The disciples of the church of Colin Chapman know that lighter is better. It improves handling, responsiveness and, crucially these days, fuel efficiency. But electric vehicles have to be loaded up with heavy batteries to give them power. So the pragmatists at Volvo thought, "What if we made a trunk lid that doubled as an energy source?"
Volvo has announced what they call a breakthrough for energy storage that could revolutionize future electric cars. It's kind of a no-brainer solution, but one that's probably a lot more complex than it sounds. Because I'm no scientist and I don't want to mess that up, I'll let Volvo explain what their new body panels are made of:
The answer was found in the combination of carbon fibers and a polymer resin, creating a very advanced nanomaterial, and structural super capacitors. The reinforced carbon fibers sandwich the new battery and are molded and formed to fit around the car's frame, such as the door panels, the boot lid and wheel bowl, substantially saving on space. The carbon fiber laminate is first layered, shaped and then cured in an oven to set and harden. The super capacitors are integrated within the component skin. This material can then be used around the vehicle, replacing existing components, to store and charge energy.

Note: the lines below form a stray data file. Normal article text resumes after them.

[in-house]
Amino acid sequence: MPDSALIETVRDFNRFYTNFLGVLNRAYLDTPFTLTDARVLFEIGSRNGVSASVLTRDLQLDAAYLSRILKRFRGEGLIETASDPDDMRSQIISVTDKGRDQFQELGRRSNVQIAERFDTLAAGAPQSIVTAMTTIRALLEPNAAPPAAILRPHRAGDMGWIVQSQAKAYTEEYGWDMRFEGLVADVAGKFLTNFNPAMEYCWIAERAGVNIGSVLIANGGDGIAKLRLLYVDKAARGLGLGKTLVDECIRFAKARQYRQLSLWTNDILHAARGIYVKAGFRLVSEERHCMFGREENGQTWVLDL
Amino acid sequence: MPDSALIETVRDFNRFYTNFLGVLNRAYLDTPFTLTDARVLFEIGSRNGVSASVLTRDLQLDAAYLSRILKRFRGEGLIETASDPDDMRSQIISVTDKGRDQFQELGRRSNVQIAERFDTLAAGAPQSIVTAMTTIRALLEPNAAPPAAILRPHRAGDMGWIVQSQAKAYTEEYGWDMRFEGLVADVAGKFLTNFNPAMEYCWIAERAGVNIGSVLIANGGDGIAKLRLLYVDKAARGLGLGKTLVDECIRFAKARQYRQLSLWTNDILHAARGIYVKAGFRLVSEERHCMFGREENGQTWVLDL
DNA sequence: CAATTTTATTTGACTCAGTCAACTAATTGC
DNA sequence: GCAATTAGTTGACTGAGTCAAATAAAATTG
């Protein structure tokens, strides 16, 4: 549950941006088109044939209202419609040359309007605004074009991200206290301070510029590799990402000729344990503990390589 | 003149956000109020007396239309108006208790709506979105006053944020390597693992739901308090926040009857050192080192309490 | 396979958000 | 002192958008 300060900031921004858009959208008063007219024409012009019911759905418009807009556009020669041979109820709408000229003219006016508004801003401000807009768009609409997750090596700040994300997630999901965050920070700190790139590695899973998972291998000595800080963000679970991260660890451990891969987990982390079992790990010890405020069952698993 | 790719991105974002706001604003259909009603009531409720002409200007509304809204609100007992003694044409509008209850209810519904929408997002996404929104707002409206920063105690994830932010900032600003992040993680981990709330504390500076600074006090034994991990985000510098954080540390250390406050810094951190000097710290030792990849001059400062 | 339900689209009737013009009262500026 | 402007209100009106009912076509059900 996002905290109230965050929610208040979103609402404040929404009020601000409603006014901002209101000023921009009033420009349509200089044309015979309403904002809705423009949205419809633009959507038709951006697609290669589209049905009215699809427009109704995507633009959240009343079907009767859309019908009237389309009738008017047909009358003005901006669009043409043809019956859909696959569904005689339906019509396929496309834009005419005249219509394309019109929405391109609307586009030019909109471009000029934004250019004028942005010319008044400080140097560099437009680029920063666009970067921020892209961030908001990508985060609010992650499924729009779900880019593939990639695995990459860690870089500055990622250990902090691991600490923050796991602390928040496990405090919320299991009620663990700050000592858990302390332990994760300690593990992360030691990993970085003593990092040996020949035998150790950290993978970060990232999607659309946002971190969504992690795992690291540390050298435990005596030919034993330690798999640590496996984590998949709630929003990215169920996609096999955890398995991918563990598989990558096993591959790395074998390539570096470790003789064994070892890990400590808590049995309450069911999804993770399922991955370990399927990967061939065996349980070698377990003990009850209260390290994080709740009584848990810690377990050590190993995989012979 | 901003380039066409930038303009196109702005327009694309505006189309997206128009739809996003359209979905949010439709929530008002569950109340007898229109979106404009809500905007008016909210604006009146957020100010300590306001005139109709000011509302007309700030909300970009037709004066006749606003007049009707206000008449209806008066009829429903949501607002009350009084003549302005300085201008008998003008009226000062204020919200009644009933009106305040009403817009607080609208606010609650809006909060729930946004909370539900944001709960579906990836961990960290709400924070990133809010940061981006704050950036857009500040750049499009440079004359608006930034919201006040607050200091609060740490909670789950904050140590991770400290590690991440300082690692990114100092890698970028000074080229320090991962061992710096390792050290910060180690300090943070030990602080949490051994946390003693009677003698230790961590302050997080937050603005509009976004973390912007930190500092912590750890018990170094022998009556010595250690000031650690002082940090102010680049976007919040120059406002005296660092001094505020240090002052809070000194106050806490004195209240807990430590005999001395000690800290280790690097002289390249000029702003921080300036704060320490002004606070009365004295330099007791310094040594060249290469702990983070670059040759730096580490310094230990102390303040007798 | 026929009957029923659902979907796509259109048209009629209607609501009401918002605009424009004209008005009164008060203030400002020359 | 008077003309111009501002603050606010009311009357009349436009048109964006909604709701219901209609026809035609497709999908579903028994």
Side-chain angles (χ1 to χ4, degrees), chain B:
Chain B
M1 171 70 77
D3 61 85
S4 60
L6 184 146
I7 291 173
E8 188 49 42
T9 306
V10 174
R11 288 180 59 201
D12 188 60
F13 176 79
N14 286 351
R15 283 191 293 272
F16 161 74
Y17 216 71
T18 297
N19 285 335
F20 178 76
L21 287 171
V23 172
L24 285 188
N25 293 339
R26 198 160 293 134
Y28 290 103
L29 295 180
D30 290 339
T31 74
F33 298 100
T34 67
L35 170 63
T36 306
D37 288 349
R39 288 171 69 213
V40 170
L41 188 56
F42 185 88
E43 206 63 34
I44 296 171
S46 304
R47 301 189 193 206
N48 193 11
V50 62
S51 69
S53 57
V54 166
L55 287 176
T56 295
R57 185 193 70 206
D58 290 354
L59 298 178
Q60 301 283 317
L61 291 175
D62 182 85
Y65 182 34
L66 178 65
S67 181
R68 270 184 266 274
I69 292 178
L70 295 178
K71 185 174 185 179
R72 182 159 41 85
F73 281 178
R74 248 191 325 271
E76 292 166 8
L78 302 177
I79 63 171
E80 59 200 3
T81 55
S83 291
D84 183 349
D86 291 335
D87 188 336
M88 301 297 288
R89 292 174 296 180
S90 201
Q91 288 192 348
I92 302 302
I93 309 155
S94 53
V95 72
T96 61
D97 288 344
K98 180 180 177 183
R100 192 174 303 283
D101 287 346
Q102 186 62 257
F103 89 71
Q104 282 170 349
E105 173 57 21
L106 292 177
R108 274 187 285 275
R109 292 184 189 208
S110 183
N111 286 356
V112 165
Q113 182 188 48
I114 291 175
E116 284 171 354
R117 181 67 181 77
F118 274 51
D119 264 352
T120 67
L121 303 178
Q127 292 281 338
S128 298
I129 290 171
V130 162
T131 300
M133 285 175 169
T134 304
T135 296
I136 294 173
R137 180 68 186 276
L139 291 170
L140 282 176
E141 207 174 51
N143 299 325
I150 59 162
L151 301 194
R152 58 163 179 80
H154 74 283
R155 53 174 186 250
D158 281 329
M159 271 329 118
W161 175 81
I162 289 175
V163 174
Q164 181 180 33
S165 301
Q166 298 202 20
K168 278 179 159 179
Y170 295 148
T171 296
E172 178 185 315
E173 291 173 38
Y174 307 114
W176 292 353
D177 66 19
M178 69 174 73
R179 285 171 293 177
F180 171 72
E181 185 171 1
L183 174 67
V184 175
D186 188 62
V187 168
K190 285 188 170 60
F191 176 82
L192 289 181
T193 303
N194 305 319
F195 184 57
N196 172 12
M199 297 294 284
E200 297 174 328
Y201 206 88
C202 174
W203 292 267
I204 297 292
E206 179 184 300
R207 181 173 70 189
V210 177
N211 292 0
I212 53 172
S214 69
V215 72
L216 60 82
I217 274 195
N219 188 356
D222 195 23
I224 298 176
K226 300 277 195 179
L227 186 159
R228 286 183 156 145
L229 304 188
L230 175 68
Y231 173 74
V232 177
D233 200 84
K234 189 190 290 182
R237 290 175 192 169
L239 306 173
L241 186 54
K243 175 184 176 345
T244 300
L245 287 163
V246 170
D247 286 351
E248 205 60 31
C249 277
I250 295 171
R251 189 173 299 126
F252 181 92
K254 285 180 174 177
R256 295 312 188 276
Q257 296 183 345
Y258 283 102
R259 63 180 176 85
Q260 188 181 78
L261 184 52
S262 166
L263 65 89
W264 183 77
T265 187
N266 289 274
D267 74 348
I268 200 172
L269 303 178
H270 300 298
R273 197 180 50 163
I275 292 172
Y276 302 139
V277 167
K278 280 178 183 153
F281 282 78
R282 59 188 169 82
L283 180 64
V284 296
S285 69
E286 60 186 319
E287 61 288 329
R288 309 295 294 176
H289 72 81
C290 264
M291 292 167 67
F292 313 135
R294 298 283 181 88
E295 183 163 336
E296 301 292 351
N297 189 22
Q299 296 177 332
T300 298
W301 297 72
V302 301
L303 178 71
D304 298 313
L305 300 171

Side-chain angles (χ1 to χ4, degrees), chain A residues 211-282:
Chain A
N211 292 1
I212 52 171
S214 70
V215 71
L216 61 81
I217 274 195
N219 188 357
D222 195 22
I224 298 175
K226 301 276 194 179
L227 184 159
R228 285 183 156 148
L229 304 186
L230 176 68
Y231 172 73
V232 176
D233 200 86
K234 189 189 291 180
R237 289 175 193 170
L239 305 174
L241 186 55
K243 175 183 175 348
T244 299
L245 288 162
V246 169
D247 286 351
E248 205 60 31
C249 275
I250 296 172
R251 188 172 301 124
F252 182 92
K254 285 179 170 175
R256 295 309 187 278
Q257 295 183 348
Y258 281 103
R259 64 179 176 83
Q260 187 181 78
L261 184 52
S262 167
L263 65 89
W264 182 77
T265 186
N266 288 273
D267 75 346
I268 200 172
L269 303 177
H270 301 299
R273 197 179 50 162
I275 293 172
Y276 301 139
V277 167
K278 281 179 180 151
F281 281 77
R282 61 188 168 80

Basically, various panels can replace the batteries that would normally be used to power an electric motor in the car, or the 12-volt battery used to power the lights, wipers and stereo. Charging is then done through either regenerative braking or by plugging the car in.
Volvo says its new panels not only charge up more quickly than batteries used in cars today, but that they're also more durable than steel – no doubt thanks to the use of carbon fiber. But the biggest savings might come in how powerful the body panels are.
In the Volvo S80 they retrofitted with these new panels, Volvo says the power coming from the trunk lid alone could replace all the batteries in the car. A strut brace was even powerful enough to replace the 12-volt battery.
They also estimate using this system in place of the batteries in a conventional electric car would yield a 15% weight savings.
Carbon fiber is no longer just the material of supercars – it's what much of the Porsche Cayman-priced Alfa Romeo 4C is made of, after all. Volvo didn't give a timetable for when it expects to see its body panel energy storage put into production, but it's definitely an interesting solution to adding lightness to the cars of the future.
More photos and info in the press release.